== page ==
essence, advocating for the Crime Control Model, and blaming all our woes on the Due
Process Model. And they certainly are correct that the Due Process Model is the one in
operation in the criminal justice system in Canada today. The Due Process Model evolved
over centuries in British jurisprudence, and is enshrined in our common law, the Canadian
Bill of Rights, and the Canadian Charter of Rights and Freedoms. - The Reporter -
Due Process vs. Crime Control Model
Two models of crime: the due process model and the crime control model have been debated
for a long time.
Due process model gives credence to the principle that an individual cannot be deprived of
life, liberty, or property without appropriate legal procedures and safeguards. When
people are charged with a crime they are required to have their rights protected by the
criminal justice system under the due process model.
Crime control model for law enforcement is based on the assumption of absolute reliability
of police fact-finding and treats arrestees as if they are already found guilty.
There have been many papers comparing and contrasting the
role that the due process and crime control models have on shaping criminal procedure
There are many differences between the due process model and the crime control model:
In the due process model people that are arrested are perceived to be innocent until
proven in a court of law. The crime control model believes that the people that are
arrested are guilty and need to be punished by the government.
Due process model believes that policing within the criminal justice system is essential
to maintaining justice within society. Crime control model believes that the arresting of
people in the criminal justice system has a negative effect and slows down the process of
the criminal justice system.
The courts generally prefer the due process model because
the due process model equally favours all citizens, even the criminally accused, by
securing their rights and freedom. Due process model assures that all individuals rights
are protected as stated in the Bill of rights.
Law enforcement agencies generally prefer the crime control model. They treat arrested as
if they were already guilty and emphasize on arrest, prosecution and conviction of those
who have broken the law.
Due process model guarantees that each individual is protected under the 4th amendment and
8th amendment. Due process model does not favour illegal search and seizure. Due process
model prescribes the right to a speedy fair and public trial, self incrimination and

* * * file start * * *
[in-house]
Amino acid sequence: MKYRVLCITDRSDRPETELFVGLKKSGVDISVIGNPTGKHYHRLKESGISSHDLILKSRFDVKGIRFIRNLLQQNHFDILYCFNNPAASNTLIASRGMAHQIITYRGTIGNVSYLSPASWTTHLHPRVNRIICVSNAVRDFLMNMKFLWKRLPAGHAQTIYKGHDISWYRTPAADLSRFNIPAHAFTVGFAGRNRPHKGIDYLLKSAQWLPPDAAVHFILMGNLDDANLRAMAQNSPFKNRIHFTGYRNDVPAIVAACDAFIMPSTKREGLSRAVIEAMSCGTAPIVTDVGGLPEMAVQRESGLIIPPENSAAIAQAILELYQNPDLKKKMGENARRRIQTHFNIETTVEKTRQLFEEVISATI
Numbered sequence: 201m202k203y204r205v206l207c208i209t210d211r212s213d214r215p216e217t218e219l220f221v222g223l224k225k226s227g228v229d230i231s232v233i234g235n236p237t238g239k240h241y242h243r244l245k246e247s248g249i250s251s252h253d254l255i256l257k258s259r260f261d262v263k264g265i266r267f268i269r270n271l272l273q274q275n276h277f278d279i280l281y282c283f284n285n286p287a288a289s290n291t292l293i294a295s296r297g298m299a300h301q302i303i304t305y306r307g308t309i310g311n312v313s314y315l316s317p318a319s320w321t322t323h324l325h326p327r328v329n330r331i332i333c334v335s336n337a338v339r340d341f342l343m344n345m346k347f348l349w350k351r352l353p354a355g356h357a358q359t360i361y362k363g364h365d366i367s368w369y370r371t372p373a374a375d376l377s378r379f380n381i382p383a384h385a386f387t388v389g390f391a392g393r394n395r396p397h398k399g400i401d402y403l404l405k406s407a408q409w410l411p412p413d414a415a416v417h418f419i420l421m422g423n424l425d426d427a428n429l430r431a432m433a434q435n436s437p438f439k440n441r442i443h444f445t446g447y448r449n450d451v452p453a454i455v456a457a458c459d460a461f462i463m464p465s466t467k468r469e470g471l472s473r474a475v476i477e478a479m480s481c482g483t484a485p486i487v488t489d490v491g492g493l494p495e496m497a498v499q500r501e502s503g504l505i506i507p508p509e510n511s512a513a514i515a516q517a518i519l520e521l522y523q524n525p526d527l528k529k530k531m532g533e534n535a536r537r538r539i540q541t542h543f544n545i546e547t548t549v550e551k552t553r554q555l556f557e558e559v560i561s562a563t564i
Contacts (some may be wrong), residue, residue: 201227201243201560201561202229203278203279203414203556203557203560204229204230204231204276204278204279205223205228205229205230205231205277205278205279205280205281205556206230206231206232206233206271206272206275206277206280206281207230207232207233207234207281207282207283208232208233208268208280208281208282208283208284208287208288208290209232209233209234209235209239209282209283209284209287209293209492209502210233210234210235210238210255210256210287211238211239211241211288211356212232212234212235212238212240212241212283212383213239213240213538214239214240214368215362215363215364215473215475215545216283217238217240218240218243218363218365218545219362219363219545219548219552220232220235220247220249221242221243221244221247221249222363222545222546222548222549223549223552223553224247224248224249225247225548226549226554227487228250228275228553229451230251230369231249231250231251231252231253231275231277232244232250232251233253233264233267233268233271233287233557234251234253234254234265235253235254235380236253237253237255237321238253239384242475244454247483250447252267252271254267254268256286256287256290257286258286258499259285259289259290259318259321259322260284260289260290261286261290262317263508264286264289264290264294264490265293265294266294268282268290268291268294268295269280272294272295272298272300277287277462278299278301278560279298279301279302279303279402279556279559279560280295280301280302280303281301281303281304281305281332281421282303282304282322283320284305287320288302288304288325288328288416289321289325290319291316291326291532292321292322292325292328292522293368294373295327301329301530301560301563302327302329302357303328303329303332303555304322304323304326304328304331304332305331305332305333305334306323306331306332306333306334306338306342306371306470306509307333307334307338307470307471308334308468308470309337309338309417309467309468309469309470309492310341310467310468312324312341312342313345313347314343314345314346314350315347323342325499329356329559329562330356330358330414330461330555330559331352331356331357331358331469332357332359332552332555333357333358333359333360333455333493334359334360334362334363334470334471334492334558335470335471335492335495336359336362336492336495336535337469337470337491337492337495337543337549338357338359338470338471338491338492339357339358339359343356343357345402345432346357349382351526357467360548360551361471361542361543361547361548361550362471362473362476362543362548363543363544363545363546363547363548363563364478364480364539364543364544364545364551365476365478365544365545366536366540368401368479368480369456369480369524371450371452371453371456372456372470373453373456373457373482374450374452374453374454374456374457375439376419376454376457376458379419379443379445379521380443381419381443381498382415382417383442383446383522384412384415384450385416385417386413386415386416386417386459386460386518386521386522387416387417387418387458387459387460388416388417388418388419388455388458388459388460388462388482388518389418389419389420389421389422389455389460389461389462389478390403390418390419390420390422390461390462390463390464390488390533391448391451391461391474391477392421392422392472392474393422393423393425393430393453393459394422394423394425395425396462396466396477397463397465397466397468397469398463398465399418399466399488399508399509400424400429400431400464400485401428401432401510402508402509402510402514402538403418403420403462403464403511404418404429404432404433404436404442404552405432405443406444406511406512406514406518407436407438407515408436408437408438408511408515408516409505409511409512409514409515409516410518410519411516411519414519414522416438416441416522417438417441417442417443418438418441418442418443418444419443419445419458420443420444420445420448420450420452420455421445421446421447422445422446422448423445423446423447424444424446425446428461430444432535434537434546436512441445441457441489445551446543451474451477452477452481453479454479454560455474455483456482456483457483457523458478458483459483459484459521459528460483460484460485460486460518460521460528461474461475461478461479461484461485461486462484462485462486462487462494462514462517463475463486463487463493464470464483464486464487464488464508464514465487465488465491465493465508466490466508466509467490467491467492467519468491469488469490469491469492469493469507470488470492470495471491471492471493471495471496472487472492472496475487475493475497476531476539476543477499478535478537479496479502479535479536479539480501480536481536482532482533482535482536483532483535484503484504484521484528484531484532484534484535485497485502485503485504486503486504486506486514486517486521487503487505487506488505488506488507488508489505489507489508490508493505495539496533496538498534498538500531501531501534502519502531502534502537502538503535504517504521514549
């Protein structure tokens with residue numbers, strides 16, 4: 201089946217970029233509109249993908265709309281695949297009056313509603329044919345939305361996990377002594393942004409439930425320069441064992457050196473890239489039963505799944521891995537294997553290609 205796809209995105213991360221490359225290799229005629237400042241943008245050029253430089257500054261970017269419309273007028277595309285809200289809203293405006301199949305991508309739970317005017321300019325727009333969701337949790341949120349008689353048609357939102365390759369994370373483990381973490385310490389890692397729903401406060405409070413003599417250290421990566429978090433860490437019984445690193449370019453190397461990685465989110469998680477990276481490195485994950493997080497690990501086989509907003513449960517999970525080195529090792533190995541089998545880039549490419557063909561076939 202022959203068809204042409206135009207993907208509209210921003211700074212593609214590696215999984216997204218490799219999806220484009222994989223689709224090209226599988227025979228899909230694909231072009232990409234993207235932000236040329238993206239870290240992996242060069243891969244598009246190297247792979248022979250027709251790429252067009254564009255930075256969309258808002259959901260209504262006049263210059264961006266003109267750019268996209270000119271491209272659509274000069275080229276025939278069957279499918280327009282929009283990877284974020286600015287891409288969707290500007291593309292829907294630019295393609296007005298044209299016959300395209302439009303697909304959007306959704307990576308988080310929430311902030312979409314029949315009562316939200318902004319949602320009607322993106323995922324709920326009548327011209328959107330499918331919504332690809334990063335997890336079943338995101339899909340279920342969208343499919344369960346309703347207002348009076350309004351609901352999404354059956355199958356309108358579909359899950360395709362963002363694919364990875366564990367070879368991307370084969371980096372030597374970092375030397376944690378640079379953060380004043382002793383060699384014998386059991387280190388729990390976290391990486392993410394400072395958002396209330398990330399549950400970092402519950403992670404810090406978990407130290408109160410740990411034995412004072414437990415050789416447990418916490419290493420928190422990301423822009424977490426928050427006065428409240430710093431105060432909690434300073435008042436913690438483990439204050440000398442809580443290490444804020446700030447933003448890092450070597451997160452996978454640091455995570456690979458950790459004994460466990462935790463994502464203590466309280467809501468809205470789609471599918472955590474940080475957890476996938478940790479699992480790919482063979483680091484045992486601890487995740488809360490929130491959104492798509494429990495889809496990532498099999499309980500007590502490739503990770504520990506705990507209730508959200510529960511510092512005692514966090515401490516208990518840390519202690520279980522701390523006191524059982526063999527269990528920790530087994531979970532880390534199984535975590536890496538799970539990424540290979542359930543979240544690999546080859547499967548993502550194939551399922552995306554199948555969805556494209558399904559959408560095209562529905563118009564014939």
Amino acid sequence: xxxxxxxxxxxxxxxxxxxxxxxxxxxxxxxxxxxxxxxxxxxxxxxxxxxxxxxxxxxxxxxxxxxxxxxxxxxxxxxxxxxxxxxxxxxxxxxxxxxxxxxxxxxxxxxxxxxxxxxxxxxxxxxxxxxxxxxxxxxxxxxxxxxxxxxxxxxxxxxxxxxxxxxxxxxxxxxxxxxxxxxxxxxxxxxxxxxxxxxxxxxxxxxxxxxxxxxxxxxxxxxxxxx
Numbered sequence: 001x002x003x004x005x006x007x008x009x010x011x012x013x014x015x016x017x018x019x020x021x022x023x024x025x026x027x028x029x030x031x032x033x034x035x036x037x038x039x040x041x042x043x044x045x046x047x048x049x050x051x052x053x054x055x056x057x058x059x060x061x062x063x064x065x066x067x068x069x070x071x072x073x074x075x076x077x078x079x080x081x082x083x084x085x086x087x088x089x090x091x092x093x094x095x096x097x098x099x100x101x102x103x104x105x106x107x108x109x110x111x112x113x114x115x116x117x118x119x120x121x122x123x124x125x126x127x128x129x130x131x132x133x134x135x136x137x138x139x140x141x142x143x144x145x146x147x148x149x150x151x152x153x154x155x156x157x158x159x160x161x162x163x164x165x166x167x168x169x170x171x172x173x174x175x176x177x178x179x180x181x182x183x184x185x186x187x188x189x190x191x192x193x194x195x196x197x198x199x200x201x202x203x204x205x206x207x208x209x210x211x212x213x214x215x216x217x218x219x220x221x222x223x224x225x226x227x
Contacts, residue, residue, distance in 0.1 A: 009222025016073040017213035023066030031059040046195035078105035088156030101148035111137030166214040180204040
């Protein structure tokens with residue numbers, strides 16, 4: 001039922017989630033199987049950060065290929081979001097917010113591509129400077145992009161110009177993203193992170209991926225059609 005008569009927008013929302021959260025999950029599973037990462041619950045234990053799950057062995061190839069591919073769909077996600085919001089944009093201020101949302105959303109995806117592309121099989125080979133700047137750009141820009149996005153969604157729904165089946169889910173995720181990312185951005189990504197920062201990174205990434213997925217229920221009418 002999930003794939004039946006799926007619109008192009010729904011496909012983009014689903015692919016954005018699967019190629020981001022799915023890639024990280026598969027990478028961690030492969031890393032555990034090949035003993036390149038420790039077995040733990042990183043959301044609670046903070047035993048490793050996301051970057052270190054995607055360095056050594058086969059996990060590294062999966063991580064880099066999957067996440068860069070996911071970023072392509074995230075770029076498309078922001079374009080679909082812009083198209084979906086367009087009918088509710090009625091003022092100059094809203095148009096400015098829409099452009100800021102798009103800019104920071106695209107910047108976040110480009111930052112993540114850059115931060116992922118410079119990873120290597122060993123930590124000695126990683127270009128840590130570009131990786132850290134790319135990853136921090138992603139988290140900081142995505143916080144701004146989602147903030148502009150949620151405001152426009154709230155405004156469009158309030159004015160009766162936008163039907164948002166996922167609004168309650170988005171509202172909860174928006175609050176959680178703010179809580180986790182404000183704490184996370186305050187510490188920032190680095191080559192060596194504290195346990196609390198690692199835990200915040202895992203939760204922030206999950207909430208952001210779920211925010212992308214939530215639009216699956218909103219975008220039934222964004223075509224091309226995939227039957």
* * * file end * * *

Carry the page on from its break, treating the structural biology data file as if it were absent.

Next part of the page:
Crime control model tries to deter crime by all means. Crime control model is less
protective of individual rights. Crime control model is in favour of the idea that
individual rights must be put aside for the purpose of maintaining public safety. Crime
control model assumes that sometimes one has to give up ones rights for the benefit of
society as a whole.
If the crime control model dominates, criminal courts
will probably handle an increasing number of juveniles. Juvenile courts may be eliminated
altogether. Ironically, if the due process model dominates, juvenile justice might be
eliminated anyway, because of concerns about procedural rights.
"The strengths and weaknesses of the crime control
model have been demonstrated but what of the due process model? Should the American
Justice system be focused solely upon the fundamental freedoms and individual rights of
each and every citizen? American jurisprudence is grounded in the philosophy set forth by
Sir William Blackstone: It is better that ten guilty escape than one innocent
suffer. The due process model demands a careful and informed consideration of the
facts of each individual case. According to this model, law enforcement agents must
recognize the rights of suspects during arrest, questioning, and handling. In addition,
constitutional guarantees must be considered by judges and prosecutors during trials. The
primary mission of the due process model is to protect innocent people from wrongful
conviction. It is doubtful that many would argue against the fact that we must engage
in significant efforts to protect those who may be falsely accused. However, many argue
that while the due process model focuses upon the rights of the accused it ignores the
rights of victims." - Brandon A. Perron, THE CRIME CONTROLS AND DUE PROCESS MODELS
"Military Justice and Occupation: Due Process for
"Insurgency Control"?" - Sebba, Leslie. Presented at the annual meeting of
the The Law and Society Association, May 27, 2008
Abstract: Israel is currently "commemorating" 40 years of the establishment of
its military justice system in the occupied territories. Recent publications (Courting
Conflict by Lisa Hajjar and a Machsom-Watch report) suggest a legal system tainted with
failure to implement civil liberties and due process. Criticisms of a similar nature have
been directed at the Military Commissions established in the U.S. for the trials of
"certain non-citizens in the War Against Terrorism".
However, legal personnel operating in these systems tend to dispute such claims, while an
analysis of the legal procedures prevailing in the military courts in the Occupied
Territories authored by the Deputy President of the Military Appeals Court of Judea and
Samaria argues persuasively that these procedures have undergone reform and now differ
little from those practised in the regular criminal courts.
Such claims, insofar as they may be substantiated, raise the question as to the
significance of the adoption of due process procedures in a politico-security regime the
legitimacy of which is challenged by a majority of the population to whom it is applied.
There may be an analogy here with Doreen McBarnet's critique of Herbert Packer's famous
dichotomy in which he contrasted the Due Process model with the Crime Control model of the
criminal process. McBarnet argued that such a contrast may be chimerical, since the formal
processes might in fact be serving to legitimate crime control.